While he’s at it, he excoriates rotten British architects who can’t even design a jail properly, forgetting to put in a proper ventilation system. The Victorians would not have made such a mistake. Planners responsible for ‘dispiriting British cities’ and modern parenting: ‘It is difficult not to conclude that in Britain the hysterical fear of paedophilia is not (an) expression of guilt about the way many now bring up their children, a mixture of neglect, overindulgence and violence.’

His irony and detachment must be baffling for younger readers now that those qualities are in such decline. He rejects popular jargon. He calls ‘shooting up’ ‘injecting’, as that’s what it is. There is no ‘judgemental’ for him, he’s a ‘censorious’ man, knowing that to be the adult word.

His language is delightfully non-PC, one of the joys of reading him. He relishes words such as ‘vice’, ‘wicked’ and ‘bad’, rarely heard now from doctors or clergymen. If he’d been a teacher he’d probably have been imprisoned for verbal ‘abuse’. He still uses outlawed terms such as ‘sub-normal’ and ‘mentally deficient’.

But sadly his language is also a problem. He can be pompous. Of his strange pseudonym, he writes that he ‘chose a name that sounded that of a gouty old man looking out of the window of his London club, port in hand, lamenting the degenerating state of the world.’

That old man lives in the Victorian era or is addicted to Dickens. His speech and constructions are often irritatingly arch: ‘He came no more to prison.’ ‘I was prey to a strange melancholy.’ ‘[Prison] was still not such as would attract most people.’ ‘The coroner’s failure to control the mother of the dead man was a symptom of the decomposition of public culture.’ He can also be cringingly sanctimonious, telling us he’s met a Big Issue seller whom he knew as a convict and buys the magazine, ‘paying more (sic) what he asked for it. He thanked me for what I had done for him’.

We assume the author is quite a wealthy man and don’t really need to know that he gave a few extra pennies. Despite his demand for precision and clarity, the book is peppered with literal errors, as if it has been put together hastily. It’s not always possible to know what he means: ‘their relations with women give rise to jealousy, often insensate’.

This ‘Dalrymple’ he has created tends to have enemies who are tall, with eccentric moustaches. He doesn’t like experts, coroners or most other doctors, yet is rather proud of being an expert himself. He is continually able to destroy defence barristers in court. ‘The court, including the judge but excluding defence counsel, collapsed in laughter. Oddly enough the latter never regained the initiative.’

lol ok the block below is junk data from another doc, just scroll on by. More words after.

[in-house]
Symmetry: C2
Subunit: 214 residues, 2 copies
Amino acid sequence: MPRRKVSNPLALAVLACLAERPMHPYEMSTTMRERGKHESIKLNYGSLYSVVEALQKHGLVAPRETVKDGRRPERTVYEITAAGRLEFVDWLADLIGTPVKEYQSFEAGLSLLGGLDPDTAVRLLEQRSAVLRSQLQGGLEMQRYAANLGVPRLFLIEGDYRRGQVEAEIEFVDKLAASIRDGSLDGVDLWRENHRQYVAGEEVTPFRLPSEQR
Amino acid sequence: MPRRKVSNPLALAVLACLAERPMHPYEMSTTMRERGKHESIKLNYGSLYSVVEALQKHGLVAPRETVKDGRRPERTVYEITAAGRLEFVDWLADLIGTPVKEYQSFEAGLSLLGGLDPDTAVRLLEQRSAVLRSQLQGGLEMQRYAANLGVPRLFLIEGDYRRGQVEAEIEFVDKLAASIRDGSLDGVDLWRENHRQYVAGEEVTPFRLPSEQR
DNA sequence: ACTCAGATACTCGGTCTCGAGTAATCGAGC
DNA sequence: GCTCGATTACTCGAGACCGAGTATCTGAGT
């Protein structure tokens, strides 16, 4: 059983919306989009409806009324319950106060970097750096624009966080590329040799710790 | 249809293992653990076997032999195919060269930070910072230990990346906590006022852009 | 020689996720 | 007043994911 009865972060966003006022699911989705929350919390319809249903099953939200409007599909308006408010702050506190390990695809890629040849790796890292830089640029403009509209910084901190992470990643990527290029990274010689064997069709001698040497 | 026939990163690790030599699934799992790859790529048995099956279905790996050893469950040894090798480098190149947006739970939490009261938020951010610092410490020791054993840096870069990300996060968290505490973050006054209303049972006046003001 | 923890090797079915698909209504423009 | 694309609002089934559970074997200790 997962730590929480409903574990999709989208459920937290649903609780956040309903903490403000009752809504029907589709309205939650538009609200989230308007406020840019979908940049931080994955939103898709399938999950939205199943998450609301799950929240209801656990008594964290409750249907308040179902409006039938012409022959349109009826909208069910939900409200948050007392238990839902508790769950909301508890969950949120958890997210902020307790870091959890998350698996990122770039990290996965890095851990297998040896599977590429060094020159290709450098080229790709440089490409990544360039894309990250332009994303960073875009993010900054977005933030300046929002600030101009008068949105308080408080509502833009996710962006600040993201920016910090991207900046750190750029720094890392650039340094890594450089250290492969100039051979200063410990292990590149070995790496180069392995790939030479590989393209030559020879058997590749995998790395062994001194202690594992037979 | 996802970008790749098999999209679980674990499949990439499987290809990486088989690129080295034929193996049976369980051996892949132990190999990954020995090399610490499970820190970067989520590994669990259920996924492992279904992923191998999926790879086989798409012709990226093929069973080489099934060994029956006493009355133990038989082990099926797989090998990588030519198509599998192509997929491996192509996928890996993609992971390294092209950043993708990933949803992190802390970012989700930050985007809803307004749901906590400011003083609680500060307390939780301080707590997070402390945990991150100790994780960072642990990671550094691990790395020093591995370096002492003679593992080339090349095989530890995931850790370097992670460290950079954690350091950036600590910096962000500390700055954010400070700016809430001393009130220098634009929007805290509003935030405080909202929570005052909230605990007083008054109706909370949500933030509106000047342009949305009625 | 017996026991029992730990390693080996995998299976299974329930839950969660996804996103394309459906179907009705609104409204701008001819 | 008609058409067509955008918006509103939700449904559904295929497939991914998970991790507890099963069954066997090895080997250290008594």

‘Yes,’ I replied meekly, delighted at the direction in which he was going. I knew I had him in my power.’ ‘Defence counsel’s face grew redder, almost purple. “I am sorry to have to repeat myself,” I said. “But you are getting everything exactly the wrong way round”.’ ‘[One of] the relatives of the victim murmured, “Brilliant” as I went by . . . I heard afterwards that defence counsel had collapsed and died of a heart attack a few weeks later . . . I felt a slight pang of guilt.’

Don’t come up against Dalrymple if you are looking for methadone or trying to get someone a shorter sentence. He leaves the world gasping at his expertise. His last chapter is called ‘Pride goeth’, and perhaps he is becoming slightly complacent. He retired as a psychiatrist in 2005 and may be out of date in some areas. Members of the underclass are no longer called ‘Dwayne’; that has been superseded by ‘Jaden’ and, appropriately, ‘Jaylen’.

He writes that there are few old people in prison. When I worked in a London prison in 2007 there were increasing numbers. They are the fastest-growing group behind bars. Sometimes his insistence on seeing only the individual and not their context doesn’t work. Although he has worked in South Africa he seemed puzzled by an African mother who had blinded her son in the belief that he was harbouring a demon. Such ideas are common in parts of the African community and have been widely reported in the UK.

Perhaps, no longer a captive of his own success, the time has come for him to put prison behind him and get out into the fresh air a bit more.

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Jane Kelly
Jane Kelly
Jane Kelly was a journalist with the Daily Mail for fifteen years. She now writes for the Spectator and the Salisbury Review.